For every one-degree-Celsius increase in temperature, mountaintop species shift upslope 100 metres, shrinking their inhabited area and resulting in dramatic population declines, new research by University of British Columbia zoologists has found.
|Populations of northern pocket gopher in Nevada have lost 70 per cent of their range, according
to University of British Columbia research [Credit: National Park Service]
The study–the first broad review of its kind–analyzed shifts in elevation range in 975 populations of plants, insects and animals.
“Most mountaintop species we looked at are responding to warming temperatures by shifting upslope to live in cooler environments. As they move towards the mountaintop, the area they live within gets smaller and smaller. This supports predictions that global warming could eventually drive extinctions among species at the top,” says Benjamin Freeman, lead author of the study and a postdoctoral researcher at the UBC Biodiversity Research Centre.
The study found that most mountaintop species have moved upward, including:
– The northern pocket gopher in Nevada’s Ruby Mountains lost more than 70 per cent of its inhabited area over the past 80 years as a 1.1-degree temperature increase drove populations upslope.
– The mountain burnet butterfly in the French Pyrenees adjusted to a one-degree temperature increase by shifting upslope 430 metres–losing 79 per cent of its range over the past 50 years.
– An alpine meadow flower in the Himalayas moved upslope more than 600 metres as temperatures rose more than 2.2 degrees in the past 150 years. It lost 29 per cent of its habitat in the region.
|Mountain burnet butterflies in the French Pyrenees have lost of 79 percent of their range, according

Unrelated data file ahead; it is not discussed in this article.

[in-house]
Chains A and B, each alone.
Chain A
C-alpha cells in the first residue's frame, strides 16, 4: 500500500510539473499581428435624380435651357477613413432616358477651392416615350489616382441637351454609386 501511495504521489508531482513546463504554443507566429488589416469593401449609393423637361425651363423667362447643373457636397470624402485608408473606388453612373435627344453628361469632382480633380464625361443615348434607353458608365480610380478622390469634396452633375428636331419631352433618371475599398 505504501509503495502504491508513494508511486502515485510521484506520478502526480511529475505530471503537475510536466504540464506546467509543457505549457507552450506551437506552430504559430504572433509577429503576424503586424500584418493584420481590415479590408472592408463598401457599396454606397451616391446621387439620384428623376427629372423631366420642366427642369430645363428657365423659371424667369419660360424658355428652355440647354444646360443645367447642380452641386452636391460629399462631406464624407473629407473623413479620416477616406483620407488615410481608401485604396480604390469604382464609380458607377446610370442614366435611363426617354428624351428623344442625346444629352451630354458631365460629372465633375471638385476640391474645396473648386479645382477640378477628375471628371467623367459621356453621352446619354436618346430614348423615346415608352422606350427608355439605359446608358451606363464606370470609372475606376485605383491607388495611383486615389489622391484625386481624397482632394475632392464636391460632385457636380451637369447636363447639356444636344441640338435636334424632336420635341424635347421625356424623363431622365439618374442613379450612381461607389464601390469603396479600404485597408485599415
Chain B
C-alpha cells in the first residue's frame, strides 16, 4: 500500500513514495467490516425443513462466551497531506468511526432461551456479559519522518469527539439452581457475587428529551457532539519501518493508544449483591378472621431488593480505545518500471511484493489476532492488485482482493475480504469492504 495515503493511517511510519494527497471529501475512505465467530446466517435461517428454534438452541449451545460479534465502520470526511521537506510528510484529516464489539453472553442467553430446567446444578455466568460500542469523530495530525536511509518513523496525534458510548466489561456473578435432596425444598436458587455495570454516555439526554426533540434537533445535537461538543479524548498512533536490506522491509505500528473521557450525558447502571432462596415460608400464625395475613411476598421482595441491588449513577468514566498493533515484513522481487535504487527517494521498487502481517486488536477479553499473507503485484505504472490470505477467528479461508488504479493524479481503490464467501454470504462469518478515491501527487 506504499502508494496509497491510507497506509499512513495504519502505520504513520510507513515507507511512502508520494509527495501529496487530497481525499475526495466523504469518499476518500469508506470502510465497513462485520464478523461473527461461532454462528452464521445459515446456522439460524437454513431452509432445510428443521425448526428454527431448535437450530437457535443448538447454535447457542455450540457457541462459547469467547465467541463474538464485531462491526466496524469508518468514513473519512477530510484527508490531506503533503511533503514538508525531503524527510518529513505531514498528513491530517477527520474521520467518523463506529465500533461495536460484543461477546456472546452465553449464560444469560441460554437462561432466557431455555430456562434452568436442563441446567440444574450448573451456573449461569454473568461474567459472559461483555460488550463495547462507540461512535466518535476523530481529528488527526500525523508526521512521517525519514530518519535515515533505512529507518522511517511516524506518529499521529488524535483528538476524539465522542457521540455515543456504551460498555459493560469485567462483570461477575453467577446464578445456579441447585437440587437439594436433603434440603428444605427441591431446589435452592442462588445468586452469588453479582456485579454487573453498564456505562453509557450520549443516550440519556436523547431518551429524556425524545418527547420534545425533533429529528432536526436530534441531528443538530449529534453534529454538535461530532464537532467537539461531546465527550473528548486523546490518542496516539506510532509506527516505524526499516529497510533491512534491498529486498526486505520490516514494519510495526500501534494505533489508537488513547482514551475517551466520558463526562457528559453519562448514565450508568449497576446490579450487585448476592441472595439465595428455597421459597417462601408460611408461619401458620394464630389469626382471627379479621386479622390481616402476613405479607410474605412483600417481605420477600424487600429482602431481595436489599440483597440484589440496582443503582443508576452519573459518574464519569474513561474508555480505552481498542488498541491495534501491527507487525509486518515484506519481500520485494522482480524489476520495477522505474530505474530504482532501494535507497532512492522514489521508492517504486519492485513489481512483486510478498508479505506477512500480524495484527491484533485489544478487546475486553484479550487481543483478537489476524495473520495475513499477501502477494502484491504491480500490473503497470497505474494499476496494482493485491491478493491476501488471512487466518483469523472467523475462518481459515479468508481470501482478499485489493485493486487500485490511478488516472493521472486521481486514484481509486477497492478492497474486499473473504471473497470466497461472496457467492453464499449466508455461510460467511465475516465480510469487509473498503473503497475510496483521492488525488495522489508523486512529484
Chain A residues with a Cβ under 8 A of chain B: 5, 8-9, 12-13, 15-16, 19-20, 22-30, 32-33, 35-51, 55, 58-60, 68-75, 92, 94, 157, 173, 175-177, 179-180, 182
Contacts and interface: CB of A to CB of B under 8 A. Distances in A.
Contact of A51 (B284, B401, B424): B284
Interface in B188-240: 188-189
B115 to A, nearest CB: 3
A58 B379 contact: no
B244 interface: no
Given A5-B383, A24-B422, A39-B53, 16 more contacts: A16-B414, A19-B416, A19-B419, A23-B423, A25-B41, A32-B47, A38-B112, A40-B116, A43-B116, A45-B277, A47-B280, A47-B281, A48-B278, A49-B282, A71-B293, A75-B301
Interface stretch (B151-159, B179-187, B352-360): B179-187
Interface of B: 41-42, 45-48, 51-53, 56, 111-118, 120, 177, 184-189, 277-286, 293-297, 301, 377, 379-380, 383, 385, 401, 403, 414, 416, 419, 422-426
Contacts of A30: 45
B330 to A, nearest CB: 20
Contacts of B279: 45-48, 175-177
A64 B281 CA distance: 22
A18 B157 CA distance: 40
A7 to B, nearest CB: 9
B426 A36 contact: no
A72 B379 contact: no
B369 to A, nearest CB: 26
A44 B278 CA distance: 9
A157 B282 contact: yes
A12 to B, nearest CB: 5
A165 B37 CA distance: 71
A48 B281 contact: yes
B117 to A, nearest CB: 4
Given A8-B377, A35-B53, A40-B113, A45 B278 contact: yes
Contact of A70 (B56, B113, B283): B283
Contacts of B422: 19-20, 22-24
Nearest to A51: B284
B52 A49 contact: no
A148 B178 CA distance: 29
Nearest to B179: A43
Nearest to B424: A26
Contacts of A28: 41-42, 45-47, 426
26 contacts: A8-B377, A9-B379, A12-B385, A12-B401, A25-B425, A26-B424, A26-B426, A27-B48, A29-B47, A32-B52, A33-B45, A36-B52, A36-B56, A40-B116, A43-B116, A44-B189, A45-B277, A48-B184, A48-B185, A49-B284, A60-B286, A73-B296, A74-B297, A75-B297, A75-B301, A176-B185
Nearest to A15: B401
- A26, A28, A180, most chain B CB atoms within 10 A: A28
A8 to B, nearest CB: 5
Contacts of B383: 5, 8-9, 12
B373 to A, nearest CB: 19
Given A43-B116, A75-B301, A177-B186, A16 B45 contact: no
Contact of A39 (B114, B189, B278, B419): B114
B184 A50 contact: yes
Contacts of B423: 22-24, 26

to University of British Columbia research [Credit: Mikael Mildén]
The research also found that a few species, such as the white-crowned sparrow in the southern Sierra Nevada mountains in California, moved their entire range down mountains.
“This highlights how complicated responses to climate change are likely to be,” says Anna Hargreaves, an assistant professor at McGill University who worked on the study as a postdoctoral researcher at UBC.
“We might be able to predict what happens on average, but predicting how any particular species will respond is a serious challenge. We should be treasuring, archiving and protecting historical data and long-term studies that give us baselines to see how the world is changing.”
The research analyzed data from 23 previous surveys and studies, largely conducted over the past 50 years.
|Peruvian populations of bluish flowerpiercers in the Cerros del Sira have lost virtually all of their range
according to University of British Columbia research [Credit: Don Faulkner]
“Changes in species’ geographical ranges are likely to have important implications for conservation,” says Julie Lee-Yaw, study co-author and postdoctoral researcher with the UBC department of botany.
“The decreases we’re seeing at high elevations mean that the area of suitable habitat is getting smaller, and we may start to see declines in the number of individual animals a given mountain can support. It’s important to study how these shifts are affecting population sizes.”
The findings were published today in Global Ecology and Biogeography.